I read this book because I thought it might help me create better characters in my novels. As an author, I struggle to create characters who don’t sound and act just like me. I’ve often chosen females as my first-person narrator just to force me out of my own head. I’ve tried black people, immigrants, aliens (I mean space-aliens) for the same reason. It’s a struggle because I’m me and not anybody else. How do actors do it? They can be anybody.
I did learn some interesting lessons about acting from this book. Actors simply gush over it, judging from reviews. I’m mystified by that.
Esper co-taught with legendary acting coach Sanford Meisner for nearly two decades and apparently wears the mantle now. I’m no actor so I cannot fairly describe what the “Meisner method” is, but this book purports to transmit at least the flavor of it.
The chapters and scenes describe a series of workshops conducted by Esper with a group of eight actors with various levels of experience. Esper gives instructions on how to execute a certain scenario, such as walking into a room, interrupting someone, then each student tries it, followed by extensive feedback discussion.
I’d say the main lesson conveyed is to be a good listener, which means don’t worry about your lines and how you’re going to deliver them but be open and receptive to the other actor(s) and let yourself react “naturally” to that person and the situation. Of course you will react with your memorized lines, not your own speech, but beyond that, your “acting” must be your genuine reactions. In other words, be extremely open to experience.
Some people are naturally open to experience (their own and others’) and some are not. It’s supposedly a fixed, or inborn personality trait, measured on the “Big Five” inventory (many versions online). Some people live with openness to experience and some don’t. If you are not accustomed to feeling the presence of the other and to being open to your own feelings, then this book might be a revelation. Otherwise it might seem like a compilation of incredibly mundane observations masquerading as pseudo-wisdom.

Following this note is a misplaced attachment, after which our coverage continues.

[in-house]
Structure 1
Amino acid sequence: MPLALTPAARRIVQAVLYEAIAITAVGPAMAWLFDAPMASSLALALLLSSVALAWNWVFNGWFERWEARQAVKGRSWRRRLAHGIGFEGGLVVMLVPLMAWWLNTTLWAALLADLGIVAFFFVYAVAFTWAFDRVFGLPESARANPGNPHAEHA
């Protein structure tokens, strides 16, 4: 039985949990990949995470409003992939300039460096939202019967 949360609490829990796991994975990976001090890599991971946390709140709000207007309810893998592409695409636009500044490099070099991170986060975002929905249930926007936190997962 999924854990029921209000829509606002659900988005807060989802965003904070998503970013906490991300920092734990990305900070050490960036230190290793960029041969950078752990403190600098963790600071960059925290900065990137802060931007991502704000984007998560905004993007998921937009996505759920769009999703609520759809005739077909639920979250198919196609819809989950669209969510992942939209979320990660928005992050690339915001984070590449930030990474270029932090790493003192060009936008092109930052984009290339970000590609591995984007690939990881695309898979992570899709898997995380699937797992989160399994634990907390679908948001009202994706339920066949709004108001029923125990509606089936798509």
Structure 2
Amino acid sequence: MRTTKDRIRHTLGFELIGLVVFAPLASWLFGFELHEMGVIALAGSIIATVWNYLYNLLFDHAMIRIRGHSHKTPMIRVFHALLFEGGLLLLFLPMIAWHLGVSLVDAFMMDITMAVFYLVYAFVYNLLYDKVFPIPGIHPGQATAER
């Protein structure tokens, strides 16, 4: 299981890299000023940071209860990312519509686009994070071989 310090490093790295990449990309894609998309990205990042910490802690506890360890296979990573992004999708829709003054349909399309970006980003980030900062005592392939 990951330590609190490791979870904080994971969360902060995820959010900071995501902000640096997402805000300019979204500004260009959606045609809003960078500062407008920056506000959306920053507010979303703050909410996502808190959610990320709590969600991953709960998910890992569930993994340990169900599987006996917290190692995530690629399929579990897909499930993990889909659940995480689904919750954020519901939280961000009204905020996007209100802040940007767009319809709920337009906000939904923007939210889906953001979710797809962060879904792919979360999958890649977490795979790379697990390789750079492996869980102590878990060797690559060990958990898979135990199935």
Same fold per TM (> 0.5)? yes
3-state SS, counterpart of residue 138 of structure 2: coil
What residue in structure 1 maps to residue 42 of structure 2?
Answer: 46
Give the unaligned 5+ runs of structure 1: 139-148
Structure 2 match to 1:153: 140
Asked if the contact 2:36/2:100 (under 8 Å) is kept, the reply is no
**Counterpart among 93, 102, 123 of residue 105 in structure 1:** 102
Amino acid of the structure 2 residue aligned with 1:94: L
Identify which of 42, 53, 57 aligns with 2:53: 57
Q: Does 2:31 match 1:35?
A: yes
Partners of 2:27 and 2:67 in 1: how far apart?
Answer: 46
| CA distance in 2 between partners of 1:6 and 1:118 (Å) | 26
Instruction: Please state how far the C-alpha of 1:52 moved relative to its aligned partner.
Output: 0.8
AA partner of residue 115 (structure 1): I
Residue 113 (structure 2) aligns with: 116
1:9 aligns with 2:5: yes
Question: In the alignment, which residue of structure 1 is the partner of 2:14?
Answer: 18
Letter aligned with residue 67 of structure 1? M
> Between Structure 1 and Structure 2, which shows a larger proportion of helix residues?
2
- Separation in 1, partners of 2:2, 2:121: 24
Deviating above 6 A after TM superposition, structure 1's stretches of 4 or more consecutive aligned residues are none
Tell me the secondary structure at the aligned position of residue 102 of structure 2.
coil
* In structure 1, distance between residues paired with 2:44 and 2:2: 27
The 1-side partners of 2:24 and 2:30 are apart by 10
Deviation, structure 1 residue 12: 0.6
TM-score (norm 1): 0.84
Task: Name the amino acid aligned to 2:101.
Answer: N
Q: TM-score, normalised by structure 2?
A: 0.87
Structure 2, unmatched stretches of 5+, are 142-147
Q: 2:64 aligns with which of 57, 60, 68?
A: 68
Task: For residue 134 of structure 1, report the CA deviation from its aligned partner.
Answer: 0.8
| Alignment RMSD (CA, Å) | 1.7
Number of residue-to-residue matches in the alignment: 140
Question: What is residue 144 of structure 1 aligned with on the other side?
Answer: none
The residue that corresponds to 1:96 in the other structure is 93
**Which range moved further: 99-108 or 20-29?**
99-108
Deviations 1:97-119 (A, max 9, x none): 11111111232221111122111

It’s certainly not well-written. The co-author, DiMarco, is an MFA actor, although he has written other books, but his attempts to introduce drama into scenes that have none are cringeworthy, as are his attempts at elevated description. On the other hand, it seems like he did understand and convey the Esper acting lessons, which was the main task.
Did I get what I wanted, insight on how to write better characters? Yes and no. I didn’t learn anything new, but my attention was shifted to the idea of openness. I decided I could improve my characters by being more open to their presence (which presence I have to create first, of course – no small feat). I think that will improve my work.
As for dialog between characters, I decided that I am pretty good at having characters be open to each other, so that was satisfying. So I didn’t pick up any new writing technique but I did shift my attention a little in a way that I think will be helpful.
I still don’t understand the acting magic, which I appreciate, but don’t see revealed in this book. This openness technique would be very practical for improv, it seems, but for a scripted, directed part – I don’t really see how it would help much. But I’m not an actor, so…
Esper, William, & DiMarco, Damon (2008). The Actor’s Art and Craft: William Esper teaches the Meisner Technique. New York: Random/Anchor (286 pp).